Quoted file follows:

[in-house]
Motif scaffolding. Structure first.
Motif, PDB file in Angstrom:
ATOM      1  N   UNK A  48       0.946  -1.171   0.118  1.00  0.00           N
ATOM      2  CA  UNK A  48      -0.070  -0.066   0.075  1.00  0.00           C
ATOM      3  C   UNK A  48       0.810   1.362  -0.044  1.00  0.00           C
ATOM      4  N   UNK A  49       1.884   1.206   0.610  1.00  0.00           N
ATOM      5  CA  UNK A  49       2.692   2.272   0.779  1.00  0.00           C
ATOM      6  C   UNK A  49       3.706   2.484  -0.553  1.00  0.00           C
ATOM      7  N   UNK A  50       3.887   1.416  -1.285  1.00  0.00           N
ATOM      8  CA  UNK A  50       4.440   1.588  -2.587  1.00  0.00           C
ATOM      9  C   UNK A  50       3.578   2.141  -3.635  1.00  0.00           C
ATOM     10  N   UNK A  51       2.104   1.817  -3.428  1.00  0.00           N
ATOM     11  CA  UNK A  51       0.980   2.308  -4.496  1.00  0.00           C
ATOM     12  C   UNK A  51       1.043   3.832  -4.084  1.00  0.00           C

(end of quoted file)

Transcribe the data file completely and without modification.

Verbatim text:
[in-house]
Motif scaffolding. Structure first.
Motif, PDB file in Angstrom:
ATOM      1  N   UNK A  48       0.946  -1.171   0.118  1.00  0.00           N
ATOM      2  CA  UNK A  48      -0.070  -0.066   0.075  1.00  0.00           C
ATOM      3  C   UNK A  48       0.810   1.362  -0.044  1.00  0.00           C
ATOM      4  N   UNK A  49       1.884   1.206   0.610  1.00  0.00           N
ATOM      5  CA  UNK A  49       2.692   2.272   0.779  1.00  0.00           C
ATOM      6  C   UNK A  49       3.706   2.484  -0.553  1.00  0.00           C
ATOM      7  N   UNK A  50       3.887   1.416  -1.285  1.00  0.00           N
ATOM      8  CA  UNK A  50       4.440   1.588  -2.587  1.00  0.00           C
ATOM      9  C   UNK A  50       3.578   2.141  -3.635  1.00  0.00           C
ATOM     10  N   UNK A  51       2.104   1.817  -3.428  1.00  0.00           N
ATOM     11  CA  UNK A  51       0.980   2.308  -4.496  1.00  0.00           C
ATOM     12  C   UNK A  51       1.043   3.832  -4.084  1.00  0.00           C